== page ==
-- East Oregonian
A rollicking good read. The real history of the rise of unions and worker rights against the backdrop of a nation recovering from the Great Depression contributes an engrossing, realistic scenario; a vivid read that blends fiction with nonfiction elements in a way that makes the book hard to put down. 
-- Midwest Book Review


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BREAKING GOOD: WHEN BAD PEOPLE DO GOOD THINGS
GUEST POST BY AUTHORS CLARK HAYS AND KATHLEEN McFALL

Bonnie and Clyde, the anti-heroes of our speculative historical fiction series, embody a long creative and cultural tradition of elevating criminals and outlaws to folk hero status. As we set out to write this series, we talked at length about this tradition, trying to grasp — to the extent possible — why so many of us love bad guys who break good?

We batted this back and forth and scoured bad-guy (and gal) literature, movies and graphic novels. Our goal was to create a fictional world that mirrors the impetus underlying this fascination with reformed (and unreformed) criminals. We also wanted to be careful that the series would not, even indirectly, celebrate criminality.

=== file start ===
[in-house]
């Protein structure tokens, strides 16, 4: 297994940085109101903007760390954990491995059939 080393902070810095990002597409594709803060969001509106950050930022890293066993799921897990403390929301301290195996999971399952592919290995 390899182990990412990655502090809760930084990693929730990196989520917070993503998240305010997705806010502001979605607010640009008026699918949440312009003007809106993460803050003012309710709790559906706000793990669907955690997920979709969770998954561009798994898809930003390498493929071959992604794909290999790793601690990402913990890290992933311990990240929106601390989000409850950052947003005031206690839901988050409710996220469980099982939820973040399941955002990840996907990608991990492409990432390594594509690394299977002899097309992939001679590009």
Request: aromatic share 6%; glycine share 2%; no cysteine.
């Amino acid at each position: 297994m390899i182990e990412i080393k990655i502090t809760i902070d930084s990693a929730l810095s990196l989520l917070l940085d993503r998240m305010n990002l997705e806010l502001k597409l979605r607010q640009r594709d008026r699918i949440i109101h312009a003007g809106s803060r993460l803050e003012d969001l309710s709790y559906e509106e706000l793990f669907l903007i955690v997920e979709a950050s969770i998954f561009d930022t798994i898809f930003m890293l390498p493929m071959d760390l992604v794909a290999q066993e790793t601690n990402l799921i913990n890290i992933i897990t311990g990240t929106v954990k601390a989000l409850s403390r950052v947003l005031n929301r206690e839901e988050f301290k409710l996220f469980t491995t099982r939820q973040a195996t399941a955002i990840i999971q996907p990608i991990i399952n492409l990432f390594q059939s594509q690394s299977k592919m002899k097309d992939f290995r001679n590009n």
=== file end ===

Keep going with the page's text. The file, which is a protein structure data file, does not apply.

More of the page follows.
We learned, or more accurately, were quickly reminded that getting your arms around the complexities of human nature is no easy task. But still, we finally settled on three issues to explore in our series — three reasons that helped us understand why scofflaws and delinquents consistently captivate and resonate.

Outlaws give voice to the frustrations of the common man and woman. 
What do Robin Hood, Jesse James, Ned Kelly (the armor-wearing Australian bushranger) and the like have in common? They were shaped by poverty, economic disenfranchisement or oppressive social systems and — right or wrong (mostly wrong) — they lashed out against a system they felt contributed to their fringe status. In so doing, outlaws (until they go too far) are rowdily cheered on by regular folks, especially during tough times like the Great Depression. There’s something timeless and appealing about those who have the courage to give voice to their rage and dissatisfaction, even though it’s often aimed in horrible directions.

Criminals have tangible and unique skills that can serve the greater good.